The Kenyan shilling has fallen to a 31-month low as increasing terrorist attacks have been keeping tourists away from the east African country, weakening its capacity to repay foreign currency loans.
The USD/KES pair rose to as high as 88.72 on 26 August, its highest since January 2012, and from the previous close of 88.30. The shilling has weakened 1.3% so far in August and 2.8% from end-2013.
Import-related dollar demand has been higher in the interbank market these days, according to a Reuters report.
The country's first-ever sovereign bond, sized $2bn, was issued in June this year, and with that the total debt has risen to $26.78bn, 57% of the GDP, according to the latest treasury statement.
Weaker shilling will make financing of the country's dollar-denominated debt tougher, and with the political scene unlikely to improve anytime soon, economic challenges are only going to worsen, analysts say.
Concerns of Tourism Industry
International tour operators are not favouring the Kenyan coast now, and occupancy rates in most hotels and resorts have fallen sharply. Tourism contributes 13.7% to the Kenyan GDP.
More than 100 terrorist incidents have occurred within Kenya since 2011, mainly attributed to a retaliatory terror campaign by the Somali militant group, Al Shabaab, in an effort to force the authorities to pull out of Somalia, a recent report by Moody's Investors Service showed.
Some reports estimate the potential loss to the hospitality industry in the current year at 40bn Kenyan shilling ($450m) due to the insurgency. The occupancy rate in the south coast is reported to be 25-30% as against a normal level of 70-80%.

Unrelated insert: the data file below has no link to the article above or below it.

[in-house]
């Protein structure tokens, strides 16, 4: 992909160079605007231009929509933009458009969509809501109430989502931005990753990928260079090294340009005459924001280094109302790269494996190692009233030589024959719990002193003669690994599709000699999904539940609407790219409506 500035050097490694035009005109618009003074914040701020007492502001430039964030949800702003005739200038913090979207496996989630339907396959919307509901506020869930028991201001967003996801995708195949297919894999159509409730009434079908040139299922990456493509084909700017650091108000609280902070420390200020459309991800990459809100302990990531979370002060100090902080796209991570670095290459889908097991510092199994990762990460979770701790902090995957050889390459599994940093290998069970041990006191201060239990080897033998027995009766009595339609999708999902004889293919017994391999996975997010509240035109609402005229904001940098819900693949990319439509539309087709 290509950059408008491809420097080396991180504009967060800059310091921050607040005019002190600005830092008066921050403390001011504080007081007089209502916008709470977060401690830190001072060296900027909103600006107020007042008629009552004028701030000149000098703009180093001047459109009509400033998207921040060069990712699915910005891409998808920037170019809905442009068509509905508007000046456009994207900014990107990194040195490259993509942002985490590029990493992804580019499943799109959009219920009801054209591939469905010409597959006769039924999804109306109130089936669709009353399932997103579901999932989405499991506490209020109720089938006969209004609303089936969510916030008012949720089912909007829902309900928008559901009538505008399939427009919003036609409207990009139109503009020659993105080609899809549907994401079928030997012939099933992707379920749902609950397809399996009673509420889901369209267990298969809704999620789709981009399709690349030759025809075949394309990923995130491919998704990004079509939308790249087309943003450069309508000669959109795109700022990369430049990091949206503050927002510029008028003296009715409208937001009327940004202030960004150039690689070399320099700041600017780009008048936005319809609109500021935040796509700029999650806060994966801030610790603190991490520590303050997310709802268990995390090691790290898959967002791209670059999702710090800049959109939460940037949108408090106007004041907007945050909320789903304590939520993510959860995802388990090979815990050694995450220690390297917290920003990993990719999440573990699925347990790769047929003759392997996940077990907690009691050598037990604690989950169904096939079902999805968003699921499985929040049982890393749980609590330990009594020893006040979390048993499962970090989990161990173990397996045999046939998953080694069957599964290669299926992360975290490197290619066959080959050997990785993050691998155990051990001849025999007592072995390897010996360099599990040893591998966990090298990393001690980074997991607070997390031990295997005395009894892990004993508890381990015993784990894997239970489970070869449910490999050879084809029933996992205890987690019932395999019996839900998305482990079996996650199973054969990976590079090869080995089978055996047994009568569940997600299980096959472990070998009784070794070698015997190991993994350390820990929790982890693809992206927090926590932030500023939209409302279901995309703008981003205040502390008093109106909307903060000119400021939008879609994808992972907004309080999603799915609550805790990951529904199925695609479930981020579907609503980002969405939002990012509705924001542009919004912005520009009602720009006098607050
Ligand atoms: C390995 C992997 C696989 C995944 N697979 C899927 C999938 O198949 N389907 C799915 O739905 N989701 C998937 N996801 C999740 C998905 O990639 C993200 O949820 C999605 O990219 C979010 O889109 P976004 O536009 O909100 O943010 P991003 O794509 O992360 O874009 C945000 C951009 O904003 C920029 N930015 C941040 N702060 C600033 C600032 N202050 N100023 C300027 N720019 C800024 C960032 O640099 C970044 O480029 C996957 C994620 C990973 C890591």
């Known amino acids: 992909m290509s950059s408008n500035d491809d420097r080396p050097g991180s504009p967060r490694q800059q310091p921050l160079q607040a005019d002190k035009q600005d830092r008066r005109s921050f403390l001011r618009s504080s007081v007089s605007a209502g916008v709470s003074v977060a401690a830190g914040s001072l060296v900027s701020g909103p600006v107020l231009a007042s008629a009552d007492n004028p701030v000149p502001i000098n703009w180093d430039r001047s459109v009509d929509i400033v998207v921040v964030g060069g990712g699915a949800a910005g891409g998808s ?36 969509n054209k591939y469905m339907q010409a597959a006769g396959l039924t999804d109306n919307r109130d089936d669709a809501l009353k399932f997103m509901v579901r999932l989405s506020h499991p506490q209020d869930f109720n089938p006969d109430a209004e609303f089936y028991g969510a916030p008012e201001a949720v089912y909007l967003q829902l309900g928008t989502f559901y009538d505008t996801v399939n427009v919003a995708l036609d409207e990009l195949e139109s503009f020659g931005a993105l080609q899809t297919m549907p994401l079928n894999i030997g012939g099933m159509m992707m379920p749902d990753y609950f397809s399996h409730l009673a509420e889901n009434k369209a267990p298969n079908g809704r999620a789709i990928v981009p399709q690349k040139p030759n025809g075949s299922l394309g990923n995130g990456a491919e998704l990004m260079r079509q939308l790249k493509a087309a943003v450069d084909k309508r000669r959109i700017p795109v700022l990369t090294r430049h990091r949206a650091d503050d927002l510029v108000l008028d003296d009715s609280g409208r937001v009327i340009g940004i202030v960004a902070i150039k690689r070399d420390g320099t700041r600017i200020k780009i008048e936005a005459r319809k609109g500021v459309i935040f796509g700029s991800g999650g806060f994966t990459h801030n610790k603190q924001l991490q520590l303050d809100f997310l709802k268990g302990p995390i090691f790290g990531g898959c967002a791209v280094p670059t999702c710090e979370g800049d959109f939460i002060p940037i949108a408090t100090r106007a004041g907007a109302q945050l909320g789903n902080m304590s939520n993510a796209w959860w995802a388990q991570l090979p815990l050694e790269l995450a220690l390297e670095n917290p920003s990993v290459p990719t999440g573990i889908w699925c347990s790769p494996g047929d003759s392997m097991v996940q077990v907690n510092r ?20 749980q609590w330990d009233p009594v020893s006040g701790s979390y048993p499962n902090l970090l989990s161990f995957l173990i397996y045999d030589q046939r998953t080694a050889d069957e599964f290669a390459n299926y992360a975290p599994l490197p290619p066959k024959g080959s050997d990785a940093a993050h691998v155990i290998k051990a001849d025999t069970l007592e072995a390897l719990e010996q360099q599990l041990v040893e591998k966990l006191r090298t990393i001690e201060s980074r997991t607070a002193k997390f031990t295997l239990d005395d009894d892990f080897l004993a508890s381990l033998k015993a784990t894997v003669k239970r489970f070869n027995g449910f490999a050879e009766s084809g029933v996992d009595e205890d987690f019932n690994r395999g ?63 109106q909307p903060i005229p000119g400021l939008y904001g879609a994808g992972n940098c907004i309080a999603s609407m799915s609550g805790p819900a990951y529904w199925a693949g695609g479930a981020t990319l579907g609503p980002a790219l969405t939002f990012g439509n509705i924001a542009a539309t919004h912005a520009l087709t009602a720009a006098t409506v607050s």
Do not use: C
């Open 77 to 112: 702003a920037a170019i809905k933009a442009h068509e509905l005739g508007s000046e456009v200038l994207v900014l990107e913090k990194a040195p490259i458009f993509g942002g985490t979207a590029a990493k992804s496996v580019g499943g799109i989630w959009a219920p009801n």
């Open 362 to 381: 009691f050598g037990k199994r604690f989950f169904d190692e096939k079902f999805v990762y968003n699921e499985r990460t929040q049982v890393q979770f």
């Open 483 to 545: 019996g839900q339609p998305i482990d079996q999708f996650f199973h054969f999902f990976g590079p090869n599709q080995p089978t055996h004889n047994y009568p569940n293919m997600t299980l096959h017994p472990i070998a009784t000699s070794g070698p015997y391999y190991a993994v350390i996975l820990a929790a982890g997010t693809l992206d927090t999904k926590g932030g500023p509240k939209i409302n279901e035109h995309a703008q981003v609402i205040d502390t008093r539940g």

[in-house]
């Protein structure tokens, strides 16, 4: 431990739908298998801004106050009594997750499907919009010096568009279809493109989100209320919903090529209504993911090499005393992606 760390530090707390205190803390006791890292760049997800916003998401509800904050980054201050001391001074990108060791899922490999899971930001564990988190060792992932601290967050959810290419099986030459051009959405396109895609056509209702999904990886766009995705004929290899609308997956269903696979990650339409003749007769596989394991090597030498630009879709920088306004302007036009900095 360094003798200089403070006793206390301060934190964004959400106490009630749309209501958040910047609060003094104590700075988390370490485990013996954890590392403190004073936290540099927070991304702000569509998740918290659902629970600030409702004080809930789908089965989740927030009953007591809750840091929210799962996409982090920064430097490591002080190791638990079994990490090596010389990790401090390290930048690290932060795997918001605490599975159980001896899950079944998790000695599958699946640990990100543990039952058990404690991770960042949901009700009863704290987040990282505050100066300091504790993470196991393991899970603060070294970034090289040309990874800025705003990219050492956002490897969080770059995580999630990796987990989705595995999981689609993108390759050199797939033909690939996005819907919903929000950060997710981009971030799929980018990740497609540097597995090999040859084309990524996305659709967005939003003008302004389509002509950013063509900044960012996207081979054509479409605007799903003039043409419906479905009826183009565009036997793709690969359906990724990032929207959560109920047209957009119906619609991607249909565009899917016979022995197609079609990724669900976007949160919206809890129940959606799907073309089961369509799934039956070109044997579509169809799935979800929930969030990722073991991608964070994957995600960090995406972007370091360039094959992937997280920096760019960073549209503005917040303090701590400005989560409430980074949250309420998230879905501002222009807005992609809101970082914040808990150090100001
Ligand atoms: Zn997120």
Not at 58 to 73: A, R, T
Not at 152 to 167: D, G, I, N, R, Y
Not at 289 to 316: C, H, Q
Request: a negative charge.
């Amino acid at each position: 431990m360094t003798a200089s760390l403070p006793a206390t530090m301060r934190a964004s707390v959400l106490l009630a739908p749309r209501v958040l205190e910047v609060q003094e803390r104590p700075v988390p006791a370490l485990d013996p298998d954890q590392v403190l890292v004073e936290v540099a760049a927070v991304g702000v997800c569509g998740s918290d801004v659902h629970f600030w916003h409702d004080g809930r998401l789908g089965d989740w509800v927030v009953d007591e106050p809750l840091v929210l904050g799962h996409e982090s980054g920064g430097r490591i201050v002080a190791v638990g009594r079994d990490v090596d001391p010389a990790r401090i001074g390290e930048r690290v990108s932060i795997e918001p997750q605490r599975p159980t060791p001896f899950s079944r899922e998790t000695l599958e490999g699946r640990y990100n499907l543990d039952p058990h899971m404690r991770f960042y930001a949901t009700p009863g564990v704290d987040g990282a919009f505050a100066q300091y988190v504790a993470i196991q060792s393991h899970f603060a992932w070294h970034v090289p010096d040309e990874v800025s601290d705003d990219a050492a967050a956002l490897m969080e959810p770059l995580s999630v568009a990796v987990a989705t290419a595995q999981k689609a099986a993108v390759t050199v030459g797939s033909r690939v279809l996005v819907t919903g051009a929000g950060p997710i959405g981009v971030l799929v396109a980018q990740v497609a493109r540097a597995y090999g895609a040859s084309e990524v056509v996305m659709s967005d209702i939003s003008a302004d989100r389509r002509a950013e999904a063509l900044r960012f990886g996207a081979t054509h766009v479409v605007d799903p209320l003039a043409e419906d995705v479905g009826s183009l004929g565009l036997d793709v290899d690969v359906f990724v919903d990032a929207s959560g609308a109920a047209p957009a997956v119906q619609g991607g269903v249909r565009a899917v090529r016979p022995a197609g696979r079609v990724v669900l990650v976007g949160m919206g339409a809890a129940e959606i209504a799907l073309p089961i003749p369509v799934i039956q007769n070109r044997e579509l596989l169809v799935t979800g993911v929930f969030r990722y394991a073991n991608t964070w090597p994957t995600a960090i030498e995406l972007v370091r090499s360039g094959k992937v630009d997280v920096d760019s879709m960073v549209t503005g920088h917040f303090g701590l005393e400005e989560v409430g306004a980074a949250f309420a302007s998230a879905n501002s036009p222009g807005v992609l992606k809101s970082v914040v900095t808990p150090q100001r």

GDP and Inflation
As per the 30 June data, the Kenyan economy expanded 4.1% from a year earlier in the first three months of 2014, unchanged from the previous quarter, as bad weather and lower external demand hurt agriculture production while activities in hotels and restaurants shrank 3%.
At the same time, inflation is accelerating on rising fuel import costs and the recent weakening in shilling should add to the inflationary pressures.
The Kenyan annual inflation rate accelerated for the fourth straight month to 7.7% in July from 7.4% in June, mostly due to higher prices of food and energy, data showed on 1 August. The August rate will be published on 29 August.
The Kenyan central bank is already watchful of the civil and military unrest in the oil producing regions.
"The persistent instability in the Middle East and North African region remains a threat to the stability of international oil prices and the overall price stability objective," the CBK said in its monetary policy statement.
The Kenyan central bank had kept its benchmark interest rate unchanged at 8.5% at its July meeting, where it was less concerned about volatility in exchange rates.
The situation has now worsened. Unless something is done urgently, the tourism industry is not going to normalise before late 2015, according to experts.
The upcoming economic data prints and the foreign exchange market developments are crucial for Kenya and the policymakers should be prepared to take bolder steps to keep the growth momentum.
Moody's has already warned that the stable outlook on the country's B1 credit rating is under threat due to the deteriorating security situation there.
"An ongoing erosion of consumer, business and investor confidence risks lower growth, capital inflows and foreign exchange reserves, which would exert downward pressure on the country's B1 rating," the international rating agency said in its July newsletter.